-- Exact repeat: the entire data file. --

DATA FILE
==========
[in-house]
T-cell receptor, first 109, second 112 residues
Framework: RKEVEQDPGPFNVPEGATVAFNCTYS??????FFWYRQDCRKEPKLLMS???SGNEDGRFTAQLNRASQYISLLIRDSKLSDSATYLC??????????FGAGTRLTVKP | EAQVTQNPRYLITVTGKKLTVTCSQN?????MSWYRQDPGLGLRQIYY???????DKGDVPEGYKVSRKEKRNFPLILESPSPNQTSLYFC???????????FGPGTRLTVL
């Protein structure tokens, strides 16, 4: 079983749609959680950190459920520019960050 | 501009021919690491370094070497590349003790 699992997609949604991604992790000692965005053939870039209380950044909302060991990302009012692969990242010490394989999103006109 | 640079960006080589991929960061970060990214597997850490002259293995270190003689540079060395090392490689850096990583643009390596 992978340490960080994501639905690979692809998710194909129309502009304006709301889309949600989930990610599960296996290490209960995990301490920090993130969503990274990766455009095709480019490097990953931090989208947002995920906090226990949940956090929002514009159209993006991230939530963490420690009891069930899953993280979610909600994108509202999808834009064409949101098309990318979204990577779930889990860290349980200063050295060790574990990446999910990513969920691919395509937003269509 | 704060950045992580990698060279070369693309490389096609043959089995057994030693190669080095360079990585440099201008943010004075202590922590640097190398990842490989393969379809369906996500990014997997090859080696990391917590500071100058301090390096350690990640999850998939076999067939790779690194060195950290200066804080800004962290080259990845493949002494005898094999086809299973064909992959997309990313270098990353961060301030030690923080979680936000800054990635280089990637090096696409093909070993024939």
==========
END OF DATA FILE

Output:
[in-house]
T-cell receptor, first 109, second 112 residues
Framework: RKEVEQDPGPFNVPEGATVAFNCTYS??????FFWYRQDCRKEPKLLMS???SGNEDGRFTAQLNRASQYISLLIRDSKLSDSATYLC??????????FGAGTRLTVKP | EAQVTQNPRYLITVTGKKLTVTCSQN?????MSWYRQDPGLGLRQIYY???????DKGDVPEGYKVSRKEKRNFPLILESPSPNQTSLYFC???????????FGPGTRLTVL
């Protein structure tokens, strides 16, 4: 079983749609959680950190459920520019960050 | 501009021919690491370094070497590349003790 699992997609949604991604992790000692965005053939870039209380950044909302060991990302009012692969990242010490394989999103006109 | 640079960006080589991929960061970060990214597997850490002259293995270190003689540079060395090392490689850096990583643009390596 992978340490960080994501639905690979692809998710194909129309502009304006709301889309949600989930990610599960296996290490209960995990301490920090993130969503990274990766455009095709480019490097990953931090989208947002995920906090226990949940956090929002514009159209993006991230939530963490420690009891069930899953993280979610909600994108509202999808834009064409949101098309990318979204990577779930889990860290349980200063050295060790574990990446999910990513969920691919395509937003269509 | 704060950045992580990698060279070369693309490389096609043959089995057994030693190669080095360079990585440099201008943010004075202590922590640097190398990842490989393969379809369906996500990014997997090859080696990391917590500071100058301090390096350690990640999850998939076999067939790779690194060195950290200066804080800004962290080259990845493949002494005898094999086809299973064909992959997309990313270098990353961060301030030690923080979680936000800054990635280089990637090096696409093909070993024939």